3.2 He further submitted that Sri Lakshmi Industries were threatening them by means of circulars/advertisements/notices with action and proceedings for infringement of the trade mark or passing of business or goods. The appellants filed a Civil Suit No. 1296 of 1988 before the Hon'ble High Court of Madras praying for a permanent injunction restraining Sri Lakshmi Industries from continuing the threats. The Hon'ble High Court passed a temporary injunction order dated 13-10-1988 that Sri Lakshmi Industries should not threaten the appellants regarding the use of the brand name "Lakshmi". The Court vide judgment dated 11-2-1997 held that the interim injunction granted was made permanent and the court further held that Sri Lakshmi Industries was not prevented from taking any lawful action in terms of Trade and Merchandise Marks Act against the appellants. But thereafter Sri Lakshmi Industries has not taken any action on the appellant which act establishes beyond doubt that appellant had not violated any provisions of Trade Marks Act by using the house mark "Lakshmi Lew".

3.3 Learned counsel further submitted that the same Commissioner (Appeals) in respect of another unit using the same name had already taken a view that in view of the difference in the nature of the logo and the word "Lakshmi" which was used by the assessee, the assessee in that case would not be said to have used the brand name belonging to another person for the purpose of denying it the benefit of exemption notification and the copy of the said Order Nos. 61 & 62/2008, dated 24-4-2008 has also been placed on record. He also submitted that the same Commissioner passed a Order-in-Appeal No. 83/2008-C.E., dated 20-11-2008 allowed appeal filed by the appellant for the subsequent period (September, 2005 to July, 2006) involving identical issue as in the present appeal and further the Committee of Commissioners vide Review Order dated 11-2-2009 has accepted the above Order-in-Appeal. Since the Department has accepted the issue on merits for the subsequent period, contrary to the stand taken in the impugned order for the earlier period, is not sustainable in law. For this submission, he relied upon the following decisions:-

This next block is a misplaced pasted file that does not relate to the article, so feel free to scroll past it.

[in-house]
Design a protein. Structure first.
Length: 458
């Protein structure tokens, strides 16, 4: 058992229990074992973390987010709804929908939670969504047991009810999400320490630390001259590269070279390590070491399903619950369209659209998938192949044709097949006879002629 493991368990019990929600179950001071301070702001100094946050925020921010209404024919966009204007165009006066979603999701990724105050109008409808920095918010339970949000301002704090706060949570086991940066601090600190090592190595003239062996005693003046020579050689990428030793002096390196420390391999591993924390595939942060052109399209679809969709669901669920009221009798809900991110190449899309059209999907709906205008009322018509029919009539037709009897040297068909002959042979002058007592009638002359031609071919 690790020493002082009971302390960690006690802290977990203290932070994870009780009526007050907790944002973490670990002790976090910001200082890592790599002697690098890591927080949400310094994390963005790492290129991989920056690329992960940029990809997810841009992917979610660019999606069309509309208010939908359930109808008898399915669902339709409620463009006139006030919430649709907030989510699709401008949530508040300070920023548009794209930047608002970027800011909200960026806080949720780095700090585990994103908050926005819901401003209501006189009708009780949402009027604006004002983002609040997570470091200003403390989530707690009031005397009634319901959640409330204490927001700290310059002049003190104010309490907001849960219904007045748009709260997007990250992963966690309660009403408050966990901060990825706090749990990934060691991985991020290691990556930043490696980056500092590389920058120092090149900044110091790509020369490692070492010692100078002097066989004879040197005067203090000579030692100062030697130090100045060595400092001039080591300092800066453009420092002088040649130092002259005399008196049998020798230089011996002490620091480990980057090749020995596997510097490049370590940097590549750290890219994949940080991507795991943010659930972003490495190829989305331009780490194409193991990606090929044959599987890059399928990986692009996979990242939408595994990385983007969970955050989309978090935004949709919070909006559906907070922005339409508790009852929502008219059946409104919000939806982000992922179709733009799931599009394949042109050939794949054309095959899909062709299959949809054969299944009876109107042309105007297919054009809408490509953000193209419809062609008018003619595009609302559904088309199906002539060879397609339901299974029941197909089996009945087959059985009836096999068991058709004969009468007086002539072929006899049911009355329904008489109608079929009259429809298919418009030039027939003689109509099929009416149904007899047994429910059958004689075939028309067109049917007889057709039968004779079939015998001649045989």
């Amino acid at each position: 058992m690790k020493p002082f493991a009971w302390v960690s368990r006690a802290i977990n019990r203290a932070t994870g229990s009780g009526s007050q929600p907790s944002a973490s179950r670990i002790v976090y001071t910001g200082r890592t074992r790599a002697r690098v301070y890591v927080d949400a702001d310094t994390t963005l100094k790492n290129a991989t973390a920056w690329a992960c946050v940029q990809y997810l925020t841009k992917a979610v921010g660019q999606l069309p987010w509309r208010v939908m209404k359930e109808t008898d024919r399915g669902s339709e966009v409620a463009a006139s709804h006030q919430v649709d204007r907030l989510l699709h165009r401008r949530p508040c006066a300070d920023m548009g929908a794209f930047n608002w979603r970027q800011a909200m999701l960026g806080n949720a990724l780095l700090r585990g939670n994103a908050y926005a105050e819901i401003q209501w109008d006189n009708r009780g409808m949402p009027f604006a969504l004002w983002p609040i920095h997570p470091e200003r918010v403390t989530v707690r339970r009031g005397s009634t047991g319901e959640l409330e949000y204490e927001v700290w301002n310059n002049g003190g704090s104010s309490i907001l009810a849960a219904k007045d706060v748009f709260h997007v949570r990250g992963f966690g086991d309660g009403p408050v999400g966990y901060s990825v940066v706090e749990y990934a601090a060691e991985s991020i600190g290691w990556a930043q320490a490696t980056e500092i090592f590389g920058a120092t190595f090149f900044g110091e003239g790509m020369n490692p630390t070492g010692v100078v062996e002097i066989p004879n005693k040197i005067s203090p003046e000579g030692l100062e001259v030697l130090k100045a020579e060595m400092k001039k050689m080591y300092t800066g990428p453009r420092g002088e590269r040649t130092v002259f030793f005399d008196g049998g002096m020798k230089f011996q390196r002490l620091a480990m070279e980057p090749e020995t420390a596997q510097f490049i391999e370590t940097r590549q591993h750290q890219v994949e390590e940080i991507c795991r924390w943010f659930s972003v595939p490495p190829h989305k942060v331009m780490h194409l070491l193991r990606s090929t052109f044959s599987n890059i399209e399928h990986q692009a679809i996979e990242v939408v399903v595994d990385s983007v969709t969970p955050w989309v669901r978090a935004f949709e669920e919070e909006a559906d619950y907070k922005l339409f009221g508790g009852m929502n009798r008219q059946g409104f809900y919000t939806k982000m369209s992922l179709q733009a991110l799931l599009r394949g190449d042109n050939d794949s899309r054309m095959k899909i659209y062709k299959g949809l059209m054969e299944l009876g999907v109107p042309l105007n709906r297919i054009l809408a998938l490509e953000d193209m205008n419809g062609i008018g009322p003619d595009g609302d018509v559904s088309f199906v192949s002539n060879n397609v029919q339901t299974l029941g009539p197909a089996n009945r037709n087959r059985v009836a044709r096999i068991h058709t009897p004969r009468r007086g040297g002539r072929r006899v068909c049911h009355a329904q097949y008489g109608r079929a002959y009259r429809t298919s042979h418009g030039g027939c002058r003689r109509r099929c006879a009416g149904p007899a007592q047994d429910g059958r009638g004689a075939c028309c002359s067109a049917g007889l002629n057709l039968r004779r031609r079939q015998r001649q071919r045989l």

i. Marsons Fan Industries v. CCE : 2008 (225) E.L.T. 334 (S.C.).

ii. Hindustan Coca Cola Beverages Pvt. Ltd. v. CCE : 2012 (284) E.L.T. 254 (T).

iii. CCE v. Mehra Traders: 2004 (172) E.L.T. 195 (T).

iv. Jayaswals Neco Ltd. v. CCE - 2007 (8) S.T.R. 305 (S.C.).

3.4 He also submitted that the appellant has a bona fide belief that they were entitled for SSI exemption as various judicial decisions were in their favour during the disputed period and for this submissions, he relied upon the following decisions:-

i. SNS (Minerals) Ltd. v. UOI : 2007 (210) E.L.T. 3 (S.C.).

ii. Jaiprakash Industries Ltd. v. CCE : 2002 (146) E.L.T. 481 (S.C.).

iii. Padmini Products v. CCE : 1989 (43) E.L.T. 195 (S.C.).

iv. CCE v. Surat Textile Mills Ltd : 2004 (167) E.L.T. 379 (S.C.).

v. UOI v. Sonnenflex Abrasives (P) Ltd : 2016 (343) E.L.T. 57 (Bom.).

4. On the other hand the learned AR defended the impugned order and submitted that the appellants were using the brand name of another party Shri Lakshmi Industries, Coimbatore which is a very popular brand and therefore the appellants are not entitled to SSI exemption. In support of his submission, he relied upon the following decisions:-

i. CCE, Trichy v. Grasim Industries Ltd : 2005 (183) E.L.T. 123 (S.C.).

ii. CCE, Chandigarh-I v. Mahaan Dairies : 2004 (166) E.L.T. 23 (S.C.).